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2 Kings 3

2 Kings 3:1-3 . JEHORAM'S EVIL REIGN OVER ISRAEL.

11. which poured water on the hands of Elijah--that is, was his servant--this being one of the common offices of a servant. The phrase is used here as synonymous with "a true and eminent prophet," who will reveal God's will to us.

13, 14. What have I to do with thee? &c.--Wishing to produce a deep spirit of humility and contrition, Elisha gave a stern repulse to the king of Israel, accompanied by a sarcastic sneer, in bidding him go and consult Baal and his soothsayers. But the distressed condition, especially the imploring language, of the royal suppliants, who acknowledged the hand of the Lord in this distress, drew from the prophet the solemn assurance, that solely out of respect to Jehoshaphat, the Lord's true servant, did he take any interest in Jehoram.

15. bring me a minstrel--The effect of music in soothing the mind is much regarded in the East; and it appears that the ancient prophets, before entering their work, commonly resorted to it, as a preparative, by praise and prayer, to their receiving the prophetic afflatus.
the hand of the Lord--a phrase significantly implying that the gift of prophecy was not a natural or inherent gift, but conferred by the power and grace of God.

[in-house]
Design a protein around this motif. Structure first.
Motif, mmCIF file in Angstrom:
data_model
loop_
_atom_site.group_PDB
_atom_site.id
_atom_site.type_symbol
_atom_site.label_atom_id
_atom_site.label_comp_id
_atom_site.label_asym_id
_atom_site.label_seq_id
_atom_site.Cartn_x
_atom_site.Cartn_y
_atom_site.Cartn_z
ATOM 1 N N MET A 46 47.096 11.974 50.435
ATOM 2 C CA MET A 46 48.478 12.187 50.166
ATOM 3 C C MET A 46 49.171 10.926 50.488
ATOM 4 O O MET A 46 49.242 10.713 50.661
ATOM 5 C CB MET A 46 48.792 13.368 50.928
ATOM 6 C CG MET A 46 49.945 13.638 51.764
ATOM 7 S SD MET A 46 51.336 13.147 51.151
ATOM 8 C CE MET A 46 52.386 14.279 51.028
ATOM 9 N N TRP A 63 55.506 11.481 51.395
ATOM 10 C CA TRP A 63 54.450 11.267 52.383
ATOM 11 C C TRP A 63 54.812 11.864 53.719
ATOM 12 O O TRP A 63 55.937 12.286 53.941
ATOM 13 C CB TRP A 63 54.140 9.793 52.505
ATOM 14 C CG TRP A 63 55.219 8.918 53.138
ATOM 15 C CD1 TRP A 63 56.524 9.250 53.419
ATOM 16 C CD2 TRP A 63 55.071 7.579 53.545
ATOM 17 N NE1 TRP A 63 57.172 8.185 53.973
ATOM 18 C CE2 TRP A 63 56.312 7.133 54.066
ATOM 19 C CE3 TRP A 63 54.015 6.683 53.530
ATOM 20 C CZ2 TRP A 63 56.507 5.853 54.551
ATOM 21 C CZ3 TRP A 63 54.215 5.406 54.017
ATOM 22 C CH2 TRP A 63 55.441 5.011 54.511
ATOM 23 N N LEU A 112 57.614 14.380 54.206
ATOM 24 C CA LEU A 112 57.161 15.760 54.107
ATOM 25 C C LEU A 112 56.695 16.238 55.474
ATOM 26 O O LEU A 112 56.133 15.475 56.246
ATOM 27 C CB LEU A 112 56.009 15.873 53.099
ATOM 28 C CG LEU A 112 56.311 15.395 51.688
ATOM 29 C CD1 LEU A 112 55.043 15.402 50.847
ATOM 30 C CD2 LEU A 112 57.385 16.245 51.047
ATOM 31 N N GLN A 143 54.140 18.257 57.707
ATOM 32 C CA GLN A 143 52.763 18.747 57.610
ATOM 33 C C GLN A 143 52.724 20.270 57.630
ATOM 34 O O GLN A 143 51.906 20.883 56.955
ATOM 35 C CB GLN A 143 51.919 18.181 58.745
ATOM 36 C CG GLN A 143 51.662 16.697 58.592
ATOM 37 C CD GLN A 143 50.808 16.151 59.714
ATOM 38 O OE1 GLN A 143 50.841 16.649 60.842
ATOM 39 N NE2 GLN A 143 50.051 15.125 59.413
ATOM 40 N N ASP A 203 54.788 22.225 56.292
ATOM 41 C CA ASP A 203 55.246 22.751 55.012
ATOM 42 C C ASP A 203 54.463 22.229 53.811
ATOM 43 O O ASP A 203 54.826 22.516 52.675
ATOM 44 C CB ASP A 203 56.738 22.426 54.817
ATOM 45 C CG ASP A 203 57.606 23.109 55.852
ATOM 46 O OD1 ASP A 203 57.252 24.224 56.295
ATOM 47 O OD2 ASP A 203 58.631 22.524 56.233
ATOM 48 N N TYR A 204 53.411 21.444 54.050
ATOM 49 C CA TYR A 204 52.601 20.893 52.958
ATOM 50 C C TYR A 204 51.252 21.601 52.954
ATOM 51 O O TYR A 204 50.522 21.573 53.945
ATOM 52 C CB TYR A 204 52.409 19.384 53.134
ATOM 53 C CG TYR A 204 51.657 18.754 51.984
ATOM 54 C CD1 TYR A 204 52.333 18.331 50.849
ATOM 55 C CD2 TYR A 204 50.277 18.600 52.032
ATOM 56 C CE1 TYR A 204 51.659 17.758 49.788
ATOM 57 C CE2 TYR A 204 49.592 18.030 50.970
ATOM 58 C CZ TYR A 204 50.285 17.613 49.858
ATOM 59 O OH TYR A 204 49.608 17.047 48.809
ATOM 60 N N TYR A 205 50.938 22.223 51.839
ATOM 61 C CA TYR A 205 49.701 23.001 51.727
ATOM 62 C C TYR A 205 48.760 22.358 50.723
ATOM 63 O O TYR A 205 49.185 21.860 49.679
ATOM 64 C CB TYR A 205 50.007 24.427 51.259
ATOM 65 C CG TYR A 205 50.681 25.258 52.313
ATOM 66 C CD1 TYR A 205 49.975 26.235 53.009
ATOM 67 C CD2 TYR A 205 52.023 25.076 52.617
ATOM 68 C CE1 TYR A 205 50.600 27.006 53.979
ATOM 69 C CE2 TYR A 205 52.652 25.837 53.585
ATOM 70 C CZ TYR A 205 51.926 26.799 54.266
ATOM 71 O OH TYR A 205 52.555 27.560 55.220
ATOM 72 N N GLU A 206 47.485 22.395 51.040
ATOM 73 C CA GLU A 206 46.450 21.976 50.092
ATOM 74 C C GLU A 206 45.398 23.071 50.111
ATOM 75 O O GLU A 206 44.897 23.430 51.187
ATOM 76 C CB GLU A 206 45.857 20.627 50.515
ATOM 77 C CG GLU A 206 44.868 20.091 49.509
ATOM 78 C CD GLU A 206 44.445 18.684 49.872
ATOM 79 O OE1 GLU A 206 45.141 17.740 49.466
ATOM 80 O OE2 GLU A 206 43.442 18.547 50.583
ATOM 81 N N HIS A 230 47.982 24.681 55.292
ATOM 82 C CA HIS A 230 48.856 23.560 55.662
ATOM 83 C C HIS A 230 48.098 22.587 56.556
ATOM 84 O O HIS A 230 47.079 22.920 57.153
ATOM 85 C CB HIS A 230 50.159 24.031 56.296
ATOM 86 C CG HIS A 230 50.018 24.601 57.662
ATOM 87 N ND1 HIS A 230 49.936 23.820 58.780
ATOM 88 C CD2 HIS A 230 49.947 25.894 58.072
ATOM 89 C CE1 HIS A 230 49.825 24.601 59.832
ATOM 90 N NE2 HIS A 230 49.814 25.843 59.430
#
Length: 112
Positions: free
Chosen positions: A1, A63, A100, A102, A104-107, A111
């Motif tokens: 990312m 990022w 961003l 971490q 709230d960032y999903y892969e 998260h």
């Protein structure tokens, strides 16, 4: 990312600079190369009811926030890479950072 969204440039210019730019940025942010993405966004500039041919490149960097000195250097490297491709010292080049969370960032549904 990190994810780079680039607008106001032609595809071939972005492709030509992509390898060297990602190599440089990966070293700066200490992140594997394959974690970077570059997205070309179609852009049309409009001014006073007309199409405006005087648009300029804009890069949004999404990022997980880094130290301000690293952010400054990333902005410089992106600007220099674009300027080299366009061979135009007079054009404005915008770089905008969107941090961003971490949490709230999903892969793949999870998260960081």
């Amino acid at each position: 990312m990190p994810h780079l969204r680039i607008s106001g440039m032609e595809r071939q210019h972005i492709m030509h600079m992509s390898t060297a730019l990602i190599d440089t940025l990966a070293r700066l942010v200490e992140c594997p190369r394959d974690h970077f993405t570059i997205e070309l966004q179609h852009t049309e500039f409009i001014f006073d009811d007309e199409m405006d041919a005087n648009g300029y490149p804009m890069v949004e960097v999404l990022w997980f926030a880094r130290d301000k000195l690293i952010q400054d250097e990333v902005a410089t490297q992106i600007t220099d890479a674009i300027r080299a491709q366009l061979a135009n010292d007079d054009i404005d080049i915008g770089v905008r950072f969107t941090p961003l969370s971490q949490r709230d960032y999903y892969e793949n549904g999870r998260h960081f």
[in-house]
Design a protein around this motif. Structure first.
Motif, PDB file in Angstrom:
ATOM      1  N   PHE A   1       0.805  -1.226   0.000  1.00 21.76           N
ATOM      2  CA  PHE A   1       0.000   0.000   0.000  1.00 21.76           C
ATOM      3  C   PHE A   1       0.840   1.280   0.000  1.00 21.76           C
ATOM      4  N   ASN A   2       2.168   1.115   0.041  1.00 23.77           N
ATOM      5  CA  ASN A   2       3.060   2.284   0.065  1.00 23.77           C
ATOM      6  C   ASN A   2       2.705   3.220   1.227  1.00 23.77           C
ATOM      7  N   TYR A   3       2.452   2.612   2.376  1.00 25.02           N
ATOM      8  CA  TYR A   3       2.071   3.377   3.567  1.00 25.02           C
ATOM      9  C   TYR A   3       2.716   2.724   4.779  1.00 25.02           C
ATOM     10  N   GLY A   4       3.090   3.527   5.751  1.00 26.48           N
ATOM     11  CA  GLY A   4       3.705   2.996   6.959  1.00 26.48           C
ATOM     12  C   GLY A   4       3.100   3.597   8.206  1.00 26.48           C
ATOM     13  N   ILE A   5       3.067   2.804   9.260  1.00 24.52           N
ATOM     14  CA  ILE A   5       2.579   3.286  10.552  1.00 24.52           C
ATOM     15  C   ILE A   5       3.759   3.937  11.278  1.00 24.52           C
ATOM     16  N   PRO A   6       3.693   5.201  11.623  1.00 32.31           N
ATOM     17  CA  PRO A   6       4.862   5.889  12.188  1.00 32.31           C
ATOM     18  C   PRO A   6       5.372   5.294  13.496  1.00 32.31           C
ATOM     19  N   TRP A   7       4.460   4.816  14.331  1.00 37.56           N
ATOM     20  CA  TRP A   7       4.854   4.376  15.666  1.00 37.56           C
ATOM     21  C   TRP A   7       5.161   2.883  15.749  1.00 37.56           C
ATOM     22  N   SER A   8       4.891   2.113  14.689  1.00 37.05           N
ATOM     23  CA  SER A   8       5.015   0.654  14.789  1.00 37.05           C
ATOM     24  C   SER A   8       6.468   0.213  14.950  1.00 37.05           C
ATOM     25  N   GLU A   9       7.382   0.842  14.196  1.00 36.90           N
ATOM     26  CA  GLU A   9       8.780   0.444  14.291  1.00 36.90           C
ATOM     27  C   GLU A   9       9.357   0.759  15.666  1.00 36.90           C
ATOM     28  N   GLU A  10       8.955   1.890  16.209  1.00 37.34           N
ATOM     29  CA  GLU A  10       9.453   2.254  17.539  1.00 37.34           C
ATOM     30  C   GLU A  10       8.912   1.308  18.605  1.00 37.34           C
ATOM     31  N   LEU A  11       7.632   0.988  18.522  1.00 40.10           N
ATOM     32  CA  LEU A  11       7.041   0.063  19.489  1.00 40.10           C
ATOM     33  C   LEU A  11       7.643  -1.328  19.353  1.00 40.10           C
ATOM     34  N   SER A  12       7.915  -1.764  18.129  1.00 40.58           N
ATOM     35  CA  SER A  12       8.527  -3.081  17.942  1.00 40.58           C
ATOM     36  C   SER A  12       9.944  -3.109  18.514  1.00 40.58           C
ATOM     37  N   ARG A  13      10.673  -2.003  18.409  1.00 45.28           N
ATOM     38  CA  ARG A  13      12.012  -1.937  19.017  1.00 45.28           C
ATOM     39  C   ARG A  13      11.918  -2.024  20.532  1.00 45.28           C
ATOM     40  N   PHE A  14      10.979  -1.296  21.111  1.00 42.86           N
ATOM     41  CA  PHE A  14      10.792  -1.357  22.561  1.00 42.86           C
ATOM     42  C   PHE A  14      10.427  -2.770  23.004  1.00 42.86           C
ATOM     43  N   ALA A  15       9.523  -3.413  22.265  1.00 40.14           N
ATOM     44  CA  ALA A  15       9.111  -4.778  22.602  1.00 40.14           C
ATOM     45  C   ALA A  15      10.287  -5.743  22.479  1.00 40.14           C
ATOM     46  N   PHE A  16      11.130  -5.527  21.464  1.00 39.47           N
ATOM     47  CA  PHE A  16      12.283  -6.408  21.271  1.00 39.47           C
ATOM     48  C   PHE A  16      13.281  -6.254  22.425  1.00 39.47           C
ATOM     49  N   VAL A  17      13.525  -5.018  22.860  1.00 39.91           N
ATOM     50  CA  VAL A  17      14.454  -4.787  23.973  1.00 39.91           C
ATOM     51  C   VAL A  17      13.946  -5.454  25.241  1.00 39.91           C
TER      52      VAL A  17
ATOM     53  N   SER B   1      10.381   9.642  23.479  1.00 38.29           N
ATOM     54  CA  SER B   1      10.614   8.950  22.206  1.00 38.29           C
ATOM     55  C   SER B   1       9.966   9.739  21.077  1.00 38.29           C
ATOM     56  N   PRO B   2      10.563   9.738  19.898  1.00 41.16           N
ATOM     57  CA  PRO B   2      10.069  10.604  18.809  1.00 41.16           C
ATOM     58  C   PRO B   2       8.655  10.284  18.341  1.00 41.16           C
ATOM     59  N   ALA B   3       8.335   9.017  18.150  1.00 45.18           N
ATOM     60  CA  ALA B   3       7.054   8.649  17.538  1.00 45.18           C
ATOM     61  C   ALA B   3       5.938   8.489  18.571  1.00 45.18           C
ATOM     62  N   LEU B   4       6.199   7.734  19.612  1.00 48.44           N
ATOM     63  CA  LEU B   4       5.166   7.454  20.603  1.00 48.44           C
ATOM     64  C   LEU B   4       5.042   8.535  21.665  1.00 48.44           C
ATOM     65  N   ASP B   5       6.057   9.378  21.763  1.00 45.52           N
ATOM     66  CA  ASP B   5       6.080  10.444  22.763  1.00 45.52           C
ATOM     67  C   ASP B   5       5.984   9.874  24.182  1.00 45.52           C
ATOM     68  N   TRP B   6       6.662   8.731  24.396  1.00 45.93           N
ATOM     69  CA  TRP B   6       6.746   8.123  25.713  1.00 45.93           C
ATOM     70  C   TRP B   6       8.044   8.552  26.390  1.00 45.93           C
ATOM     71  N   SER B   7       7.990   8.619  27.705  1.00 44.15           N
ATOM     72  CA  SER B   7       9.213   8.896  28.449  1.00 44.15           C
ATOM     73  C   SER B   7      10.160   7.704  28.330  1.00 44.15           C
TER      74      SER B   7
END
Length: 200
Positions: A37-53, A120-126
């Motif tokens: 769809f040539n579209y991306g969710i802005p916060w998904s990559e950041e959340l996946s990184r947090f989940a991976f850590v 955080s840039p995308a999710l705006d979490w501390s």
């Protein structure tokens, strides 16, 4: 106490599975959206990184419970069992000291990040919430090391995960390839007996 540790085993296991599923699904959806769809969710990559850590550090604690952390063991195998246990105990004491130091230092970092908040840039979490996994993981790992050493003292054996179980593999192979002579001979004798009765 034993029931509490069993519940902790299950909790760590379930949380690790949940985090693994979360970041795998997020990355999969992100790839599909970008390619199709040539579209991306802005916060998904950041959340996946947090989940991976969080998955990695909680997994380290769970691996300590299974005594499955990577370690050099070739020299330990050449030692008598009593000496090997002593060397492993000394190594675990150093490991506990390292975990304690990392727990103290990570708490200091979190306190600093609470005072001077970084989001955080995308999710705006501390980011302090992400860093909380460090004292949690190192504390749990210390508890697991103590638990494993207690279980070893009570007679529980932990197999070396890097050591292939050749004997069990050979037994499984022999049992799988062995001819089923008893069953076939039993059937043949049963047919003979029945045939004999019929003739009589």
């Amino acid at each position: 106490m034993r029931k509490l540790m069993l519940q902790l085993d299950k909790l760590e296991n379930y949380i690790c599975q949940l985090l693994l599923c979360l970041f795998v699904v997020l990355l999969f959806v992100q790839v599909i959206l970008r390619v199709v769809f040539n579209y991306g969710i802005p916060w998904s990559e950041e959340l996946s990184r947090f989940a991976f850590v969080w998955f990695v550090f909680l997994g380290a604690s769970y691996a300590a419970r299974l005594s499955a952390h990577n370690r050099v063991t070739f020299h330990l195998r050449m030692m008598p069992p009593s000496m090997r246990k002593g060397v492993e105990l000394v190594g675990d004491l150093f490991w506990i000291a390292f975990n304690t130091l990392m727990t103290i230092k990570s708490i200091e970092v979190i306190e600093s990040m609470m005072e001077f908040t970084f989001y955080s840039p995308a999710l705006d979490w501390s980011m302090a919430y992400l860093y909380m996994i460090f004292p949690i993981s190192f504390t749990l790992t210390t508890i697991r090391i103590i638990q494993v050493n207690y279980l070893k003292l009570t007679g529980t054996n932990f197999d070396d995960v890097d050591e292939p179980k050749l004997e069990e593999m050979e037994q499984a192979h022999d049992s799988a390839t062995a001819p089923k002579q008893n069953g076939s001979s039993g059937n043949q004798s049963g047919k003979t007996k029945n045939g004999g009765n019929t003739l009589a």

16. Make this valley full of ditches--capable of holding water.

17. Ye shall not see wind--It is common in the East to speak of seeing wind, from the clouds of straw, dust, or sand, that are often whirled into the air, after a long drought.

20-24. when the meat offering was offered--that is, at the time of the morning sacrifice, accompanied, doubtless, with solemn prayers; and these led, it may be, by Elisha on this occasion, as on a similar one by Elijah ( 1 Kings 18:36 ).
behold, there came water by the way of Edom--Far from the Israelitish camp, in the eastern mountains of Edom, a great fall of rain, a kind of cloudburst, took place, by which the wady was at once filled, but they saw neither the wind nor the rains. The divine interposition was shown by introducing the laws of nature to the determined end in the predetermined way [KEIL]. It brought not only aid to the Israelitish army in their distress, by a plentiful supply of water, but destruction on the Moabites, who, perceiving the water, under the refulgent rays of the morning sun, red like blood, concluded the confederate kings had quarrelled and deluged the field with their mutual slaughter; so that, rushing to their camp in full expectation of great spoil, they were met by the Israelites, who, prepared for battle, fought and pursued them. Their country was laid waste in the way, which has always been considered the greatest desolation in the East.

25. Kir-haraseth--(now Kerak)--Castle of Moab--then, probably, the only fortress in the land.

27. took his eldest son that should have reigned in his stead, and offered him for a burnt offering, &c.--By this deed of horror, to which the allied army drove the king of Moab, a divine judgment came upon Israel; that is, the besiegers feared the anger of God, which they had incurred by giving occasion to the human sacrifice forbidden in the law ( Leviticus 18:21 , 20:3 ), and hastily raised the siege.

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